“The people, in delegating authority, do not give their public servants the right to decide what is good for the people to know and what is not good for them to know.”
“The people of this state do not yield their sovereignty to the agencies that serve them. The people, in delegating authority, do not give their public servants the right to decide what is good for the people to know and what is not good for them to know. The people insist on remaining informed so that they may maintain control over the instruments that they have created. This chapter shall be liberally construed and its exemptions narrowly construed to promote this public policy and to assure that the public interest will be fully protected….
— Preamble to the Washington Public Records Act, approved by voters in 1972.
Today is the day.
Will Gov. Jay Inslee stand with the people of Washington state — or will he bend to the worst impulses of legislative leaders who think they know best?
Public Records Bill
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- Gov. Inslee vetoes Legislature’s controversial public-records bill
- Opinion| Gov. Inslee, veto anti-transparency bill in full
- Here’s what you need to know about the Public Records Act bill
- Tim Eyman files initiative to make Legislature subject to Public Records Act
- ‘The fast-fast-fast-track’: Lawmakers rushed secrecy plan to beat deadlines
- Newspapers around Washington publish A1 editorials calling for Gov. Jay Inslee to veto records bill
- Thousands of calls, emails flood Gov. Inslee’s office over Public Records Act bill
- How your Washington state legislator voted on the bill to shield many lawmaker records
Inslee has until midnight Thursday to veto Senate Bill 6617, an utterly flawed bill that passed both houses in the most cynical of rush jobs.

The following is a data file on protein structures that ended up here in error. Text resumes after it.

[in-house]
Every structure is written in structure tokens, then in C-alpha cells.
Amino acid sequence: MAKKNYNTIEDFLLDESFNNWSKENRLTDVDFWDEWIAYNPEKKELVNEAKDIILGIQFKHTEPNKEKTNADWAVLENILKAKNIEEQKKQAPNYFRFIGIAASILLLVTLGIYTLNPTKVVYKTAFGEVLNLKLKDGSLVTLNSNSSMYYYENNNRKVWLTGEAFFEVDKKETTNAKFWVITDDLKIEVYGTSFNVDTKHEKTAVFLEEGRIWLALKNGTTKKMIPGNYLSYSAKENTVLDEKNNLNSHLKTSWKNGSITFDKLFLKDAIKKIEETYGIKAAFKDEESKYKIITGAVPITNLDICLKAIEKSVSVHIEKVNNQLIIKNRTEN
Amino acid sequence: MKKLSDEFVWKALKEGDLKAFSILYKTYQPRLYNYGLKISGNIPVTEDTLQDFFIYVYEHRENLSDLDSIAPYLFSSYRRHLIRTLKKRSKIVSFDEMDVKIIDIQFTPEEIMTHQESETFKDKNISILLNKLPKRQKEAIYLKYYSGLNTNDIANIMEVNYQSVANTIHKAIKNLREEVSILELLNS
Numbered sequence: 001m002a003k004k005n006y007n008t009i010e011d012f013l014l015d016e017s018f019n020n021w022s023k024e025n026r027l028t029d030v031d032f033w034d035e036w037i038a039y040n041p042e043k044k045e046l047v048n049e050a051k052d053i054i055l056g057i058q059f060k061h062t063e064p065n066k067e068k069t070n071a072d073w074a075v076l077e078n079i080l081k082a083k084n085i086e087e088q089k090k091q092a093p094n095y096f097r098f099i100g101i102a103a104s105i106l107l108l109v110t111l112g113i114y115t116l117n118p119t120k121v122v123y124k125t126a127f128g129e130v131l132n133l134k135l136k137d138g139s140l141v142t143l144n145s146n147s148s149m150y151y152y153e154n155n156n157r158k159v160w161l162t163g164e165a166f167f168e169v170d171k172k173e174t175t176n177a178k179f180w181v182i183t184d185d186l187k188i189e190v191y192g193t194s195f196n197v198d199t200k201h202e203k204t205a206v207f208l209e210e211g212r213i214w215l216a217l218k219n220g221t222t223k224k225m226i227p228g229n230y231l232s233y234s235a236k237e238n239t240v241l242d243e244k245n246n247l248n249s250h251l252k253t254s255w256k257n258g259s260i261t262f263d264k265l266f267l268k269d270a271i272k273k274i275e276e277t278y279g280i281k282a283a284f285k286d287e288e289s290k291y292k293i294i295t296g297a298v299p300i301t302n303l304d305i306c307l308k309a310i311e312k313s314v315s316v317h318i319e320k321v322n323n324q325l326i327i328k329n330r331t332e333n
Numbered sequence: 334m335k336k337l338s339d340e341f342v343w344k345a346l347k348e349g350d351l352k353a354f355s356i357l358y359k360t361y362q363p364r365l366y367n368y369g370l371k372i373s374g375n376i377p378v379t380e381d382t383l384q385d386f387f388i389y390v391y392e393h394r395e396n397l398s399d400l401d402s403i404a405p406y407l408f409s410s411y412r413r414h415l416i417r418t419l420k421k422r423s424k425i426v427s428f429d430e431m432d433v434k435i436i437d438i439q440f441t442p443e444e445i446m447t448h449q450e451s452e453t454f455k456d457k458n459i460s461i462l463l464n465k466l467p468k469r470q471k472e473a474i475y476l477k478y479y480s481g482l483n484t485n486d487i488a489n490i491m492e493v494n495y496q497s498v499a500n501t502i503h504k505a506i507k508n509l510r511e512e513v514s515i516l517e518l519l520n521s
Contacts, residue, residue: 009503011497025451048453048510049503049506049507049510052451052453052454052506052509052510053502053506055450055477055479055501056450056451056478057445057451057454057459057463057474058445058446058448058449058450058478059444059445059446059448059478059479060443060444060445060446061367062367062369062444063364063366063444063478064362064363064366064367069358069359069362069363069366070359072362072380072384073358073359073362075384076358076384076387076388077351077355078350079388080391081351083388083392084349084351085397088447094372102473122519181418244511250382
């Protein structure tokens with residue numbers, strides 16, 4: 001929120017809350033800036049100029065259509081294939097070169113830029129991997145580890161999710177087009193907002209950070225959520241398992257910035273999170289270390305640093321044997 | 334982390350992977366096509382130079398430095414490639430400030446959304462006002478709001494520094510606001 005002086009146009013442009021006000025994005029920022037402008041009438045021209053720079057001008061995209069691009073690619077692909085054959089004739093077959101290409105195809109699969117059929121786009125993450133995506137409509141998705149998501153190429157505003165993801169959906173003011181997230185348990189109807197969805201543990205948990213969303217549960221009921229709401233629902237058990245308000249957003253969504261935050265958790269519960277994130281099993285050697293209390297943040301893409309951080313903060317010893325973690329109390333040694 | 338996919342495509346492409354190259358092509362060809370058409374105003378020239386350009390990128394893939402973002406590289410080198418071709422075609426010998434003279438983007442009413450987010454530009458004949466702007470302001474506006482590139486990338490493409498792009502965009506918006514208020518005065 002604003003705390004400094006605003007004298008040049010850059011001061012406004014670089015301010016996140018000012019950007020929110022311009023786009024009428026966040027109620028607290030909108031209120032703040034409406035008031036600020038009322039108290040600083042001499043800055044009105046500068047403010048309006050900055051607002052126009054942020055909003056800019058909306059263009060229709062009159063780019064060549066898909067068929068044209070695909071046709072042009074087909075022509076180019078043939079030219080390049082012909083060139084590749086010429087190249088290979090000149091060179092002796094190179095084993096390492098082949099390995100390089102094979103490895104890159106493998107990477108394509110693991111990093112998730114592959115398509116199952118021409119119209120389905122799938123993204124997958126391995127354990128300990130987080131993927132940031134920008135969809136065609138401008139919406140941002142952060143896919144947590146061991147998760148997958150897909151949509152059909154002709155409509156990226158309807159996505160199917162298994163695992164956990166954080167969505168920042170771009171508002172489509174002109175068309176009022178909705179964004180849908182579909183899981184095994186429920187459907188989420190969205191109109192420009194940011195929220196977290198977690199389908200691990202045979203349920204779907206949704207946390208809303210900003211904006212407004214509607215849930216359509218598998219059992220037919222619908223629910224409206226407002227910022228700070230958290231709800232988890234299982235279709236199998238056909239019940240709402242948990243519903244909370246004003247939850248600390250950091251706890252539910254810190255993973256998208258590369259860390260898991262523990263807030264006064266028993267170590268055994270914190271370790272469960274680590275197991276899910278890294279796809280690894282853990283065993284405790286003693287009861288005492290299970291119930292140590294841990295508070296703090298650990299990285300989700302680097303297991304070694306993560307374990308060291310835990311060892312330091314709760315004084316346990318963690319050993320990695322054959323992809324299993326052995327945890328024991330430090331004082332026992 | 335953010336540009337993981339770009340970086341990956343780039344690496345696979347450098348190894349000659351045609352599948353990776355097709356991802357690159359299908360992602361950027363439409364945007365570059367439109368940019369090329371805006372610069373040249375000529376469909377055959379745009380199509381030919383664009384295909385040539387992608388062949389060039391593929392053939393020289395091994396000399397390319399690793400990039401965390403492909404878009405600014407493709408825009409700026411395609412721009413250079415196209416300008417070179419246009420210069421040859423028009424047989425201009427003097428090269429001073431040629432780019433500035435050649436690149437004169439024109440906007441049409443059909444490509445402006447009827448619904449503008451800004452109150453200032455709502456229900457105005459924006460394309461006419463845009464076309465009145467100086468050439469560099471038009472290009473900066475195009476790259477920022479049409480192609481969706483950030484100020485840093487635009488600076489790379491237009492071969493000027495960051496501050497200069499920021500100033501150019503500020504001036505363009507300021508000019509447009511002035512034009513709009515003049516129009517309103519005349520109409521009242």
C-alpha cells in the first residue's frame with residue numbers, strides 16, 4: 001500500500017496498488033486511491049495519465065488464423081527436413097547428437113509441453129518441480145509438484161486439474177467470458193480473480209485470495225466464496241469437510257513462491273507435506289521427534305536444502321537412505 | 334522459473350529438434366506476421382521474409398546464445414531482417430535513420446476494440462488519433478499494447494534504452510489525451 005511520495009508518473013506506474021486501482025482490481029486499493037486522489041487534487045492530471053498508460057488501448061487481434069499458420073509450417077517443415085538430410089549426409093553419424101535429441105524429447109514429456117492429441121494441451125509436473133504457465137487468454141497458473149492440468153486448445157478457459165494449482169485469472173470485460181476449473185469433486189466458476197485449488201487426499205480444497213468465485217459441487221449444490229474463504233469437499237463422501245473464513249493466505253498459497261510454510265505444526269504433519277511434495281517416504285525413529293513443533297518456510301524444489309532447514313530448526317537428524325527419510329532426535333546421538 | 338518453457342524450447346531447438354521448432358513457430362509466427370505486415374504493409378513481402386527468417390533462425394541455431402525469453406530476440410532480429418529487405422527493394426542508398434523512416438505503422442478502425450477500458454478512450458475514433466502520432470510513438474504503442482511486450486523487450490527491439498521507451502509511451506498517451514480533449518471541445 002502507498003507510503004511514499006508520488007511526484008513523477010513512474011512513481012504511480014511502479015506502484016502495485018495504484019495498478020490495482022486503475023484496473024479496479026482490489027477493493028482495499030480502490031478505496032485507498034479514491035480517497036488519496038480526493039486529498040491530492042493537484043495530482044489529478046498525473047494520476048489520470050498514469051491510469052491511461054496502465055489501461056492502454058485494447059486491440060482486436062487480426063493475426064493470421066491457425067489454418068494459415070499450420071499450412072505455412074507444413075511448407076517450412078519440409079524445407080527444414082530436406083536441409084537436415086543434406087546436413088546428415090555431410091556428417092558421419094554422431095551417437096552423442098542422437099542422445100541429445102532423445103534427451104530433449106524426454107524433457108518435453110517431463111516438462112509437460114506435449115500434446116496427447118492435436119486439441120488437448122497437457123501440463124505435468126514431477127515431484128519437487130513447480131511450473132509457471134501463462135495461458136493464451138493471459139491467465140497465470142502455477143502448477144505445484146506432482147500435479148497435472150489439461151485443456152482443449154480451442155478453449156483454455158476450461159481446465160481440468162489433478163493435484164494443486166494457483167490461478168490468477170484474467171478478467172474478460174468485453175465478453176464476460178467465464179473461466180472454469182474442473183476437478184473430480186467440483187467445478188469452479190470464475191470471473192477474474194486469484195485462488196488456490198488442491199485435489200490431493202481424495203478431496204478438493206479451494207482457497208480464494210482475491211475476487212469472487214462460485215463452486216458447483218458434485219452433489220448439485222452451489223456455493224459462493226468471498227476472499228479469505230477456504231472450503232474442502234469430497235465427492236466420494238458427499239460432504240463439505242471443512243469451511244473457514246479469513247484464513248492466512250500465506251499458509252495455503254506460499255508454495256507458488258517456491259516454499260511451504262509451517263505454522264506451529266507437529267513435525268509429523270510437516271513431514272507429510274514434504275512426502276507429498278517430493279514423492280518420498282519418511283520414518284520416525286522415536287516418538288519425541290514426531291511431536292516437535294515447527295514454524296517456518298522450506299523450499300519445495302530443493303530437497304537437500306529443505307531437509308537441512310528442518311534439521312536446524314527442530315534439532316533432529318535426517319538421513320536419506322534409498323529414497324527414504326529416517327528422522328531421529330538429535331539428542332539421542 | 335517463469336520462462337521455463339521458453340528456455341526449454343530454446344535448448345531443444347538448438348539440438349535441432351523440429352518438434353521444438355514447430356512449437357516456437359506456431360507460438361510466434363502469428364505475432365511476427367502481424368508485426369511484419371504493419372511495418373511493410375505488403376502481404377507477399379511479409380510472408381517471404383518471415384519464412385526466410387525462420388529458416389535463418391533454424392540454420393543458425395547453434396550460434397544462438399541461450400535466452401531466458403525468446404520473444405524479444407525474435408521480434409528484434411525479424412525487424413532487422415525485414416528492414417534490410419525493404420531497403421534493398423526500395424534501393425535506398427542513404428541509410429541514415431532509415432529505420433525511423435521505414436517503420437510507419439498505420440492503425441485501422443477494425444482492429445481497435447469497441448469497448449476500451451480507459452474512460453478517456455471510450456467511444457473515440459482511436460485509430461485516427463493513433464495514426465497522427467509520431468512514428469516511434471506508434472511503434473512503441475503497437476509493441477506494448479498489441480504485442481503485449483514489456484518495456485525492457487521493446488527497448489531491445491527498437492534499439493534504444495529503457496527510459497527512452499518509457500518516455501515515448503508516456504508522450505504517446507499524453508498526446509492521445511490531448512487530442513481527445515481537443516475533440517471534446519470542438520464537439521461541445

In an interview Thursday morning, Attorney General Bob Ferguson expressed concern about the process.
“The right thing to do is veto the bill in its entirety. Period,” Ferguson told a member of the editorial board.
The bill would exempt the Legislature from the state Public Records Act and make a few records disclosable, such as communications between legislators and lobbyists but keep many private. On Jan. 19, a judge ruled that the Legislature had been acting unlawfully by denying records the act says lawmakers must release.
The public saw through the Legislature’s attempt to seal its records and have been calling and emailing the governor and lawmakers by the thousands, after The Seattle Times and 12 other state newspapers ran front-page editorials urging the governor to veto SB 6617.
The state Public Records Exemptions Accountability Committee — also known as the Sunshine Committee — on Tuesday passed a resolution 7-0 (with the governor’s representative abstaining) urging Gov. Inslee “to veto the bill, in whole or in part, in order to provide for meaningful time for public and Legislative review, holding public hearings and receiving public comment.”
The governor should veto the entire bill — for exactly the reason stated by the committee’s resolution.
Legislative leaders introduced this bill and jammed it through both houses in under 48 hours last week — skirting the committee process with no meaningful hearing or debate on the House or Senate floors.
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What was proposed is anathema to the values of the people who enacted the Public Records Act by initiative in 1972. The preamble reads in part, “The people, in delegating authority, do not give their public servants the right to decide what is good for the people to know and what is not good for them to know.”
Yet, that is exactly what Senate Majority Leader Sharon Nelson and Senate Republican Leader Mark Schoesler said in sponsoring this bill that flouts the judge’s ruling, the Records Act and does so in a way that shamelessly demonstrates contempt for public process.
A government that thinks it knows best is the worst kind of government.
Even though the bill passed with a veto-proof majority, the governor should veto the whole bill and work his connections with legislators to stand down and not override.
It is the right thing to do — respecting the right of the people to know how their leaders are — or are not — serving them.